Posted by FoM on December 01, 2000 at 14:17:24 PT
By Maia Szalavitz
Source: NewsWatch
Like Darryl Strawberry before him, actor Robert Downey, Jr. is testing the limits of America's tolerance for relapse to addiction. But this time - and in the aftermath of the success of a ballot initiative to give addicts several chances at treatment before jail sentences can be invoked in California– tolerance may be beginning to trump moralizing, amd may well signal a readiness for a real debate on drug policy.
Voters may have been ambivalent about their presidential choices this year, but they weren't indecisive about the failure of the war on drugs. Five of seven initiatives to reform drug laws passed. Two new states (Nevada and Colorado) joined the six states and the District of Columbia which have already voted to legalize of the medical use of marijuana; two(Oregon and Utah) supported restrictions on police powers to seize property linked to drug crimes. The two propositions that failed (Alaska and Massachusetts) included clemency for drug dealers, which the public wasn't prepared to accept.But the California initiative, which passed 61-39 percent despite opposition from prosecutors, judges, prison guards and almost all politicians, is probably the most important and belatedly, the media seems to be picking up on thisc hange in climate.After his relapse this spring, Darryl Strawberry was called "pathetic," "maddening" and "despicable" by baseball commentator Tim McCarver. A Washington Post column by Richard Cohen remarked on the level of outrage by fans and commentators and concluded that baseball had failed him by not forcing him into long-term lockdown treatment.A 1997 editorial in the Los Angeles Times responded to a judge sentencing Downey to prison time for an earlier relapse by saying, "Jail time was the option that should have been taken months ago as it surely would have been for any ordinary citizen... What kind of message is sent when youths who idolize stars see that drug arrests do not even interfere with movie careers?" An article that paper ran on his 1997 arrest bore the headline "Saved By The Judge."Downey’s latest relapse, however, seems to have occurred in a climate of greater sympathy– one that was perhaps presaged by the comments of drug reform financier George Soros' spokesman and advocate Ethan Nadelmann in a San Francisco Chronicle column about Strawberry (3/26/00). Nadelmann posed a question which seems to have struck voters this fall: "What is the point of punishment? Almost everything we've learned about drug use and addiction is that a good job and a supportive environment are crucial in enabling people to say no to drugs, or at least to keep their drug use under control... Why don't they leave the guy alone?"In a Washington Post article (11/28/00), Sharon Waxman quotes writer/director James Toback expressing a similar thought about Downey, "He's a sweet guy who never did harm to anyone except himself. He's been doing drugs for 20 years and functioning for 20 years and in those 20 years there have been hundreds of people who have been getting high constantly and behaved very destructively and have not been arrested. Robert's real problem is he gets caught."The coverage of these relapses reflects a set of contradictory ideas that hasn't yet gelled into coherent arguments. The media is still bound by a set of stereotypes through which it frames drug problems but chronic relapsers like Downey and Strawberry explode them by illuminating their flaws.Reporters might wish to start questioning the following assumptions if they want to make sense of this issue. First, almost every news story about drugs assumes that one addict can speak for all addicts, even for all casual drug users. When Downey, Jr. was freed in August, he was presumed to represent the addict's prison experience when he told Details, "I wouldn't wish my experience on an enemy. But there was value in it." But few ask: "if that's the case, why did her relapse?" And, "if prison is valuable, why is it such a revolving door for addicts?"Almost all of the coverage of the treatment ballot initiative in California, Proposition 36, contained similar quotes from addicts who said that the measure would increase drug use by freeing them from an immediate incarceration threat. Only after editorializing based on these positions and the self-interested opposition from prison guards and prosecutors did the California press learn that voters saw the issue quite differently. Not one article contained evidence that a reporter had asked Prop. 36opponents– many of whom treat both alcoholics and addicts and say they both have the same disease of addiction– why they need force for one group, but not the other.Futher, in no area is one considered an expert on a disease, and the behavior of fellow sufferers, simply because one has fallen victim to it. This privileging of addicts as experts affects policies by perpetuating an ideology about addiction taught to addicts in treatment which bears little relation to what recent research has discovered. An addict whose only education is his addiction and recovery treatment is no more an expert on his illness than a heart transplant patient is on his. What is true for one is not necessarily true for all– and while the addict's perspective is important to help humanize the issue, unless it is informed by research, it cannot be considered a generalizeable point of view. The condition of drug addiction is too diverse.Furthermore, the public has clearly decided that jail doesn't deter users– and is hugely expensive to boot. Send them to treatment instead, they say. But the media doesn't ask: if addiction is a disease as the treatment providers claim, why is jail and coercion in the mix at all?To have a sane argument about drug policy, the media needs to consider the Robert Downey, Jr.'s and Darryl Strawberry's of the world who repeatedly fail treatment, perhaps because they simply aren't ready to stop using. The treatment providers have few answers for them other than keep forcing them back into care, even when it clearly isn't helping.Should we treat drug addicts as we treat alcoholics and smokers? Should we lock them up even though it doesn't deter them or others? The debate won't progress without clear thinking and a decision to ruthlessly question conventional wisdom– something that Californians seem to have begun to do. The media needs to catch up.Maia Szalavitz is a contributing editor to NewsWatch.  Source: News Watch (US Web)Author: Maia SzalavitzPublished: January 12, 2001Copyright: 2000 www.NewsWatch.orgContact: editor newswatch.orgWebsite: Articles:Robert Downey's Problem--and Ours Rally To Robert Downey Jr's Side Robert Downey Jr. Faces More Drug Charges Says Strawberry Needs Help, Not Jail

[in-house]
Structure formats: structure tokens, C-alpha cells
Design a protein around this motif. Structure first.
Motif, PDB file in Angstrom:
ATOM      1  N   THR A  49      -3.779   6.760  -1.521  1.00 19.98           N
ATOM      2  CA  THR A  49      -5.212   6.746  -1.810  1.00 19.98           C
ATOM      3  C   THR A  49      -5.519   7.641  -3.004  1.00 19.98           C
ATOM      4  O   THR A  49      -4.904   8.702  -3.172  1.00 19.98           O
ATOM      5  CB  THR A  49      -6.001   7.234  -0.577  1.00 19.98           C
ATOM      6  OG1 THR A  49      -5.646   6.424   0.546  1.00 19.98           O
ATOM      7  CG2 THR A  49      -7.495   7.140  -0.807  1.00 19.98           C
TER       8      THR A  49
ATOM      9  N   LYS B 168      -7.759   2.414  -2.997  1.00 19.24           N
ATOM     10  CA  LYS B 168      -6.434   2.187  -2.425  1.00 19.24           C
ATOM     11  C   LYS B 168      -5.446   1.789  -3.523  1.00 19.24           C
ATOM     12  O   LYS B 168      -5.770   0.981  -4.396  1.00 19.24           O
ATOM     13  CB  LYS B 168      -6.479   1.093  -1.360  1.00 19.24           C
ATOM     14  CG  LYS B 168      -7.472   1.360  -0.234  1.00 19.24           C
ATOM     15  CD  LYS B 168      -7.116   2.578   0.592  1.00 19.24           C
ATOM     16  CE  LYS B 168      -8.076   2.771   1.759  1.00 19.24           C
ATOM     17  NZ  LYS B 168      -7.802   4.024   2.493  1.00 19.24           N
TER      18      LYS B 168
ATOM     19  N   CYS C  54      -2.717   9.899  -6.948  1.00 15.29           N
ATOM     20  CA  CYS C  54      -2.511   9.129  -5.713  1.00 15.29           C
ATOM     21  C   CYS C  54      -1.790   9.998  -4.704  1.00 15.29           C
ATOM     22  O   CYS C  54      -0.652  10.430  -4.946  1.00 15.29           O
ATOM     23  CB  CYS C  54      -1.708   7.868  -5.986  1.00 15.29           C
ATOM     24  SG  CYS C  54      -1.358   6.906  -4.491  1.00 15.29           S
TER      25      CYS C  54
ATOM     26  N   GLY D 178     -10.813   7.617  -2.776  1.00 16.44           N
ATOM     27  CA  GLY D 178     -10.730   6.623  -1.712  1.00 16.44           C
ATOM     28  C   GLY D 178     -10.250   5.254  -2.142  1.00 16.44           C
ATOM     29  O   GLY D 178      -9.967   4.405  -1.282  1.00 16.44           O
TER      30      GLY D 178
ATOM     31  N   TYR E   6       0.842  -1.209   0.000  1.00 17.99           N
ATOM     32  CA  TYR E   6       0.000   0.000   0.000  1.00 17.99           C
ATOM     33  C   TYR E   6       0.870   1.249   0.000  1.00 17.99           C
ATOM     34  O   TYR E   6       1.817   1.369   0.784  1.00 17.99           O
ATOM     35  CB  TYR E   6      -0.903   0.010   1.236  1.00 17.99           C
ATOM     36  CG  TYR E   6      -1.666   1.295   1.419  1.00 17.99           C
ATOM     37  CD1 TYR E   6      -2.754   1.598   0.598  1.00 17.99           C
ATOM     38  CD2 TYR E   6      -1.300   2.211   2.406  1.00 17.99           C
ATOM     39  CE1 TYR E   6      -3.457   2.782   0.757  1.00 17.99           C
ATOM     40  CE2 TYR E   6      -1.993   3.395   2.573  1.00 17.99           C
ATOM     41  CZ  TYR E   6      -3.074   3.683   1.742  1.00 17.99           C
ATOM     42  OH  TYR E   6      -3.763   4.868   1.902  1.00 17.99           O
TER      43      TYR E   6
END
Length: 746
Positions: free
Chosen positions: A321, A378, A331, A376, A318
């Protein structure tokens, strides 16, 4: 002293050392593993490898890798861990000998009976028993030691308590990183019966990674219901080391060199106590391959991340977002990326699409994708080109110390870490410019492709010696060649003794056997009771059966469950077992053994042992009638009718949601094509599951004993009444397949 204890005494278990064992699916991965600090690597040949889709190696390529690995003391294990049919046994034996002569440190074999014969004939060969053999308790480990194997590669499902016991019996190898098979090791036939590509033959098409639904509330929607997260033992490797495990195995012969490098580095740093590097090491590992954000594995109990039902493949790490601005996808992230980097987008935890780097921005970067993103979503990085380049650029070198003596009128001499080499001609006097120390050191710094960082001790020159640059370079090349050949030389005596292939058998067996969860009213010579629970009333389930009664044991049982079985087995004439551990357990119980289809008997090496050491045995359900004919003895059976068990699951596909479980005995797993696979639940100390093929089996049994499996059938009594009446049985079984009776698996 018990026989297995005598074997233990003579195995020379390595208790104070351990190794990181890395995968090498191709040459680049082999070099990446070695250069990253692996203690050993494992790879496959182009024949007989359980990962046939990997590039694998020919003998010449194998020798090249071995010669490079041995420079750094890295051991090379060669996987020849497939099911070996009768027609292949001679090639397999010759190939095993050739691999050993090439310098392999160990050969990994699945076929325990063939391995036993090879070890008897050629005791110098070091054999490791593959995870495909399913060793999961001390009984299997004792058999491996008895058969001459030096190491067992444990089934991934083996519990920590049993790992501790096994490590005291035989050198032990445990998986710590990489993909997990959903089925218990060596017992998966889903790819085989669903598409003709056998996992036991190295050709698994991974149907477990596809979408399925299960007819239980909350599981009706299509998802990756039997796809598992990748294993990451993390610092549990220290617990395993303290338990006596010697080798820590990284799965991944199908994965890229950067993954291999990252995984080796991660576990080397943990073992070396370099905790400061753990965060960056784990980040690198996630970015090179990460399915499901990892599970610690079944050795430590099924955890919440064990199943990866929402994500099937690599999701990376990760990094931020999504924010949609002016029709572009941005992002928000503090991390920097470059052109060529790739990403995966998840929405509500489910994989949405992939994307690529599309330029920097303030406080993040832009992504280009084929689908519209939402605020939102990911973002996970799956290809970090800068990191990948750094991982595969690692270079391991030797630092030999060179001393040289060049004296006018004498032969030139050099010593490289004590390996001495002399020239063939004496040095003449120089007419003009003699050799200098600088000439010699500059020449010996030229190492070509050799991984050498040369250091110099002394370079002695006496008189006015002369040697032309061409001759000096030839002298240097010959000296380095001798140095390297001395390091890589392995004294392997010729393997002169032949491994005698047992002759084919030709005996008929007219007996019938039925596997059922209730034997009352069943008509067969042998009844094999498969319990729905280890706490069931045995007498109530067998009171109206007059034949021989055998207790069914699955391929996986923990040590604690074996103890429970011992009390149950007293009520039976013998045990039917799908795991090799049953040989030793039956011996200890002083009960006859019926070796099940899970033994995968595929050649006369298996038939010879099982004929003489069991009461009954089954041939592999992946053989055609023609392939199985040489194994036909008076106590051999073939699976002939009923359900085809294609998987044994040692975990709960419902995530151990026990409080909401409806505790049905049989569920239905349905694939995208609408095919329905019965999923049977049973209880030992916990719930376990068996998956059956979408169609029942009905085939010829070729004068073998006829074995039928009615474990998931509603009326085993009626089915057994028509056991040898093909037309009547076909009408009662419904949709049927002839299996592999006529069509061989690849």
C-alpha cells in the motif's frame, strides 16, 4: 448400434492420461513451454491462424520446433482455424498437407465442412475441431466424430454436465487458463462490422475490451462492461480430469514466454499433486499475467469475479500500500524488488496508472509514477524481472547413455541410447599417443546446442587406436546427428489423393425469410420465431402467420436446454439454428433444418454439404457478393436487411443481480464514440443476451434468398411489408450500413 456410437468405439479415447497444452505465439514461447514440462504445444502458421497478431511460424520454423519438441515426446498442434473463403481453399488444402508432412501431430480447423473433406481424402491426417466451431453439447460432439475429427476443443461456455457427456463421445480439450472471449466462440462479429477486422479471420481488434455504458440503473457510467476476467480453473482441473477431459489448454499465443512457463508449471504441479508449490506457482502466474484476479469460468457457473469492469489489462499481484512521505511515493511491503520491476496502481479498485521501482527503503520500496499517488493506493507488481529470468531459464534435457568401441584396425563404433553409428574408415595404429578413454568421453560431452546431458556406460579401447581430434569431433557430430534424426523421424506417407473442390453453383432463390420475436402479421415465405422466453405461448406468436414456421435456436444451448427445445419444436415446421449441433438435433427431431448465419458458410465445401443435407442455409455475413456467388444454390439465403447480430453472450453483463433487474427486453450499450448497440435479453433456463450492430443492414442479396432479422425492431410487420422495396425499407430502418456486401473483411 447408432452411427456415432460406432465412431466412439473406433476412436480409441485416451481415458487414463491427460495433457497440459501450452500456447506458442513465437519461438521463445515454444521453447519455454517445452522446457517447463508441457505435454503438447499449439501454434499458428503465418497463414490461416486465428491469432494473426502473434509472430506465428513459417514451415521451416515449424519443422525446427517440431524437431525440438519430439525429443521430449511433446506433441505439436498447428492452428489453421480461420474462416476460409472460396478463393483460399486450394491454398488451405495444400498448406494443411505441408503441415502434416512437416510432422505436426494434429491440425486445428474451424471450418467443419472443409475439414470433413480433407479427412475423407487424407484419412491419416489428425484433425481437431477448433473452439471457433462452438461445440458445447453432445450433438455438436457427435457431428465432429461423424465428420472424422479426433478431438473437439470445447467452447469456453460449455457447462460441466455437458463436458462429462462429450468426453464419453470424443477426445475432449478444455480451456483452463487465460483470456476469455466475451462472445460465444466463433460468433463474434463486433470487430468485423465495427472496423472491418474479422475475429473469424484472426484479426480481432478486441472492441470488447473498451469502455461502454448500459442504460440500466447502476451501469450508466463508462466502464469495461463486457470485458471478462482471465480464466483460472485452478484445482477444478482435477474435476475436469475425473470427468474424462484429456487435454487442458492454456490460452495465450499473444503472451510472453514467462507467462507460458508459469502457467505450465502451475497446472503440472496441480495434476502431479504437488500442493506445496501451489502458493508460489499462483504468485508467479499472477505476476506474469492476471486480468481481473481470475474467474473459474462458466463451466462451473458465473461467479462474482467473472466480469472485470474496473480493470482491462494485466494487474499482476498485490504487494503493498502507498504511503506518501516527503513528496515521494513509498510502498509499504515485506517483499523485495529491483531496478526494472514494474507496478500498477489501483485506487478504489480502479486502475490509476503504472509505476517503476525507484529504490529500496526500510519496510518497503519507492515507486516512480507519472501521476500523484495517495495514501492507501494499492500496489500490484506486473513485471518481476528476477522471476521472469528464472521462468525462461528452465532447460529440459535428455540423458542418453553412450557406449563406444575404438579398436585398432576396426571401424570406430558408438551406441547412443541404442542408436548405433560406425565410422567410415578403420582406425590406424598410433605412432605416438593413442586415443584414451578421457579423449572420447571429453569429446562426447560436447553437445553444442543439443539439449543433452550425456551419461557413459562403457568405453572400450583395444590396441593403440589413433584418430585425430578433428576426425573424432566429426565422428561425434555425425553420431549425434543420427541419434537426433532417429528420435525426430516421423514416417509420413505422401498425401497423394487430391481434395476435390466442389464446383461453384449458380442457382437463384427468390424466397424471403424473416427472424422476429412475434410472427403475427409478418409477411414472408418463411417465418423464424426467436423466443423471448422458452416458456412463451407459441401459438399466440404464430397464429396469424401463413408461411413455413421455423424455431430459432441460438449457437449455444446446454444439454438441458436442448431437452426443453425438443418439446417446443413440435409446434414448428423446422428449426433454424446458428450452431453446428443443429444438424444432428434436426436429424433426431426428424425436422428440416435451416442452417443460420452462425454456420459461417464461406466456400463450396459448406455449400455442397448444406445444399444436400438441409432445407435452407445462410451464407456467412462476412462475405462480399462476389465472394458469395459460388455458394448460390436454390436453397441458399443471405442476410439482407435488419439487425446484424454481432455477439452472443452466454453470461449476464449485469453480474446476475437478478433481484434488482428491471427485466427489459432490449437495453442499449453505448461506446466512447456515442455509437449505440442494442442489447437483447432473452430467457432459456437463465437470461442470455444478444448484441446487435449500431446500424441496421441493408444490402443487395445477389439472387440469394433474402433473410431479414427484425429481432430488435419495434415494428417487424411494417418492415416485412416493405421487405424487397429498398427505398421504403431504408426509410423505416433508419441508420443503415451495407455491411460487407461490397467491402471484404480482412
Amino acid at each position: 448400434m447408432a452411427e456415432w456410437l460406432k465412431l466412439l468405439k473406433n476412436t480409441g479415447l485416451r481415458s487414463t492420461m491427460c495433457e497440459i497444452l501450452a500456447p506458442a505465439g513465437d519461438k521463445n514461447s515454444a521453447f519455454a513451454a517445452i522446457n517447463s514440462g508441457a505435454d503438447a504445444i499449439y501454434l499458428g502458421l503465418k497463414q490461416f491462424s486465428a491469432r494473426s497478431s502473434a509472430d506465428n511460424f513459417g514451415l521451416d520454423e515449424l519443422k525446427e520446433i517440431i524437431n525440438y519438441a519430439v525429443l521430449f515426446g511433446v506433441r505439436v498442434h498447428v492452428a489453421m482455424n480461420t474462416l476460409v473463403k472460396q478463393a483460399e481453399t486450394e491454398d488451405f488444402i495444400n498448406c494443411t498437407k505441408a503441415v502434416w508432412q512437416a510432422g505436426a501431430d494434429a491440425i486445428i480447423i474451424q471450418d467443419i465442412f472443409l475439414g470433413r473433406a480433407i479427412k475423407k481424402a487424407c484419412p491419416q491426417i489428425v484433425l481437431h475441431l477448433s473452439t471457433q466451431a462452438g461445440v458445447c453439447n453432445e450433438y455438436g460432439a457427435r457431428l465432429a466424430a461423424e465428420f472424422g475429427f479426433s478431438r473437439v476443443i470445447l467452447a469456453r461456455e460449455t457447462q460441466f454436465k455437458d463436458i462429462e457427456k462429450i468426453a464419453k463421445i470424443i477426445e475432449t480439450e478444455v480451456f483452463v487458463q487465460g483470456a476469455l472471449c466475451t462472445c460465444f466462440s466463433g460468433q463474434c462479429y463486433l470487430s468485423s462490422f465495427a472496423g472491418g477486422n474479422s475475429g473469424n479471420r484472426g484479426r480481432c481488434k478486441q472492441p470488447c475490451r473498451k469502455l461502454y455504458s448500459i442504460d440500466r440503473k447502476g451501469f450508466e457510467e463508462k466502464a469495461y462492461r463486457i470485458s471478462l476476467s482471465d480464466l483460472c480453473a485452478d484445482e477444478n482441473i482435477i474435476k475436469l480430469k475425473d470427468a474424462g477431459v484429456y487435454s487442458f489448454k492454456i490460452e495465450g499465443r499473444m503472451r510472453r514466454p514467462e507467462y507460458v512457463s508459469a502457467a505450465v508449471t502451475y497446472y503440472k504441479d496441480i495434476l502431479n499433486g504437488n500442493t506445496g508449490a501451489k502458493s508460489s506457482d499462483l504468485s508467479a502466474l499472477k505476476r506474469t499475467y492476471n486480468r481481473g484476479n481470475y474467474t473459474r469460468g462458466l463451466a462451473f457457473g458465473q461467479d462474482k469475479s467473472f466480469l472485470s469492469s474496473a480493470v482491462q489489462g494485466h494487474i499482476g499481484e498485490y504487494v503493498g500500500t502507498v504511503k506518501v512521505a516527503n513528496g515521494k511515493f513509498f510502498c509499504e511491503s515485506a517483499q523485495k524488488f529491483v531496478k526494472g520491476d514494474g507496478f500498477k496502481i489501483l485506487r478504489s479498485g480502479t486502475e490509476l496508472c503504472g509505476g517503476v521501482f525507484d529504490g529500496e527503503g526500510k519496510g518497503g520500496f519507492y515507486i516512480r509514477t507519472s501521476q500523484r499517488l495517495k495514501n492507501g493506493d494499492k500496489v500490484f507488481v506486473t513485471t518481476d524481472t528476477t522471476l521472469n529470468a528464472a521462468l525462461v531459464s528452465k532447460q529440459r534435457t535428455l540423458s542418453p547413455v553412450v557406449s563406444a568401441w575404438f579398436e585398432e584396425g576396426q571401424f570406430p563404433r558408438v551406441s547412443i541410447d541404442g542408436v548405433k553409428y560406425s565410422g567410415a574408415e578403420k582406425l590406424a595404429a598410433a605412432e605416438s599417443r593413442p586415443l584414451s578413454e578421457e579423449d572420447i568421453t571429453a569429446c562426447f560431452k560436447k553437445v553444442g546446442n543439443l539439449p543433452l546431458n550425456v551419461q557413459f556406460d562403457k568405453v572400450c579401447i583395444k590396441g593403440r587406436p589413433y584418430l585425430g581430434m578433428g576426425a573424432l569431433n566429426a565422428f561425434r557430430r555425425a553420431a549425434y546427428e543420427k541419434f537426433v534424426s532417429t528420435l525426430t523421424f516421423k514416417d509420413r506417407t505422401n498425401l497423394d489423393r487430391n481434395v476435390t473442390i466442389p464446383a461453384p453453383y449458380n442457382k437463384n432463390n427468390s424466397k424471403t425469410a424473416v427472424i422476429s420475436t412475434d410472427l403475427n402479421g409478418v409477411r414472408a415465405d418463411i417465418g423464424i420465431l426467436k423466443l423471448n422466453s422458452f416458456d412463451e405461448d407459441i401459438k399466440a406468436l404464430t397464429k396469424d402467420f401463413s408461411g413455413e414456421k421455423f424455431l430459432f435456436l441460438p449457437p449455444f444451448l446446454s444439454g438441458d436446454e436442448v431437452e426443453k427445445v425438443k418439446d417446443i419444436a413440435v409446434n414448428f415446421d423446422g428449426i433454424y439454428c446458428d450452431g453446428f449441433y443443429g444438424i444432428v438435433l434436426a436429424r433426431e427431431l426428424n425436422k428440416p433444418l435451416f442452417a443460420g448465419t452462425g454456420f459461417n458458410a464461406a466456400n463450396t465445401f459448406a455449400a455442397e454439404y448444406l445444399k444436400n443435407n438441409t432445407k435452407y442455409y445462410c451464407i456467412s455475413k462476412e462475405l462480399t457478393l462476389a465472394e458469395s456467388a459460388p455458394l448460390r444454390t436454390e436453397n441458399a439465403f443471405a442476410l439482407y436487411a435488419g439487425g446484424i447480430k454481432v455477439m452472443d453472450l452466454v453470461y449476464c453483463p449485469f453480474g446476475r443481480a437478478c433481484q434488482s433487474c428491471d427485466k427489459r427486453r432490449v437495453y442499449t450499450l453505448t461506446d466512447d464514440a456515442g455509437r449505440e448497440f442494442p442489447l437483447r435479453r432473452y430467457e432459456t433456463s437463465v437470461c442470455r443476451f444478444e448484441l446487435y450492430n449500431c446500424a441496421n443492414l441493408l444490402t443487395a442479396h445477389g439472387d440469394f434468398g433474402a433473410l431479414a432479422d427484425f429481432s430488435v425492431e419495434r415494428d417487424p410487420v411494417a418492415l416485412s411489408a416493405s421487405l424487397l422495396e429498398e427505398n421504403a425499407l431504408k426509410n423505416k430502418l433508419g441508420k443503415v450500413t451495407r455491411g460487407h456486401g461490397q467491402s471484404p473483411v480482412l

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Comment #2 posted by Alaric on December 02, 2000 at 15:35:14 PT
Kary Mullis
Let's not forget about Kary Mullis either. is the fellow who holds a Nobel prize in chemistry for invention of the polymearase chain reaction, the basis for mo0st of our modern biotechnology industry, the process that made possible this year's completion of the sequencing of the human genome. He has also been a proponent of LSD. He has taken LSD. if he had been caught in posession of LSD by a policeman, then he would very well have been languishing in a prison cell instead of revolutionizing medicine and biology. Tell me we would be better off.
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Comment #1 posted by Alaric on December 02, 2000 at 14:36:11 PT
Downey in prison.
When I saw the movie "Chaplin" I was absolutely astounded at this man's incredible talent. If you have not seen this movie, please rent it. Then tell me this man would be better off in prison. I don't give a damn if he uses drugs. I want to see more of him on-screen. Evidently, Strawberry has a similar draw for baseball aficianados. Tell me that You would be better off with him in prison. Had Carl Sagan been less circumspect or the victim of happenstance, then instead of his many fascinating books and the Cosmos TV series, we would have been treated to the spectacle of this brilliant man demoralized, beaten and whimpering before some bigoted judge. Tell me that your kid would have been better off with Sagan in prison. I have said it before: It's an evil, ignorant war against civilization.